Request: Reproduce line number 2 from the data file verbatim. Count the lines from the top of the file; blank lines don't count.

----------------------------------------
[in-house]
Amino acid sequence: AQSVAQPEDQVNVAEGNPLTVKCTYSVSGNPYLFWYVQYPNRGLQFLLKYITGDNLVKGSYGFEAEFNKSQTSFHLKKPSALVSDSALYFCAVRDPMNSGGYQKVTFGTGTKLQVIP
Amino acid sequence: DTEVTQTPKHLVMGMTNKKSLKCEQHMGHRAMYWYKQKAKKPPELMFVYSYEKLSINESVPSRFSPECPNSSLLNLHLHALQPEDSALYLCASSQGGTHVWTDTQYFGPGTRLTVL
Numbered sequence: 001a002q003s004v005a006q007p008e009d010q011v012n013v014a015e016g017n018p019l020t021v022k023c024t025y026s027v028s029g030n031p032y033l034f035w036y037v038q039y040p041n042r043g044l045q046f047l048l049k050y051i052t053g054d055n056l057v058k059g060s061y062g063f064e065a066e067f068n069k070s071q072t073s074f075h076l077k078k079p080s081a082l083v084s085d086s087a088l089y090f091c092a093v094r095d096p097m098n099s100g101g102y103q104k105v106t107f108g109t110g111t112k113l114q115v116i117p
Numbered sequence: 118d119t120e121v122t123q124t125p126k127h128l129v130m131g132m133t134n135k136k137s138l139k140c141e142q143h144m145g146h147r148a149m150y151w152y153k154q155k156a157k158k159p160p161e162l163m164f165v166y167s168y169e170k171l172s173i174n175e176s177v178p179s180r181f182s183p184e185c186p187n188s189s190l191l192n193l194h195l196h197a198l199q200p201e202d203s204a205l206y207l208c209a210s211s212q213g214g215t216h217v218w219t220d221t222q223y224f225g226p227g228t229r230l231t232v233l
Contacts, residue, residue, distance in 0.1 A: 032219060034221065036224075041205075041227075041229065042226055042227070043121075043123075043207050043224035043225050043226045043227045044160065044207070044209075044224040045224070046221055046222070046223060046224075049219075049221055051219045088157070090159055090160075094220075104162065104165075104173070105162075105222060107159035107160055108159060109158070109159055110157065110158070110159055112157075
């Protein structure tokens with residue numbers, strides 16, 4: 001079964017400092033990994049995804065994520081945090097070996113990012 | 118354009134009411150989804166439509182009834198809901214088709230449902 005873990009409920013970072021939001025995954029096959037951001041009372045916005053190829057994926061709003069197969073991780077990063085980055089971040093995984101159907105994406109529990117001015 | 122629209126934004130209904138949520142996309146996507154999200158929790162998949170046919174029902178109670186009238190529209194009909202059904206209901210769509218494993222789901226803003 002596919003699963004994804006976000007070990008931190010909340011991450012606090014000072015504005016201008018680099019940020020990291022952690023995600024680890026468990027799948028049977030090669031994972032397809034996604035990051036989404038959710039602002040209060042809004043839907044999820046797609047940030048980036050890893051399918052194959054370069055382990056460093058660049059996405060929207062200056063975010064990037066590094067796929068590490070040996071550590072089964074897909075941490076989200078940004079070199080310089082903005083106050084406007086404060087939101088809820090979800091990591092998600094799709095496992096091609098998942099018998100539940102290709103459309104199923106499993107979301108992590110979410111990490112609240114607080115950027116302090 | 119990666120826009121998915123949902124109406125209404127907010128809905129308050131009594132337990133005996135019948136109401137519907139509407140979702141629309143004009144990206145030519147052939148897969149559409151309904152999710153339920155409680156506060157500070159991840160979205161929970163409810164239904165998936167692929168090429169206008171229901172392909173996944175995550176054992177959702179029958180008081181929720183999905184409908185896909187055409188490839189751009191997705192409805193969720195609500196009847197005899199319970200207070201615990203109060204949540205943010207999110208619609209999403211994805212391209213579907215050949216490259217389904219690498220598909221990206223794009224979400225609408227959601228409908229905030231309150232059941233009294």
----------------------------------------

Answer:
Amino acid sequence: AQSVAQPEDQVNVAEGNPLTVKCTYSVSGNPYLFWYVQYPNRGLQFLLKYITGDNLVKGSYGFEAEFNKSQTSFHLKKPSALVSDSALYFCAVRDPMNSGGYQKVTFGTGTKLQVIP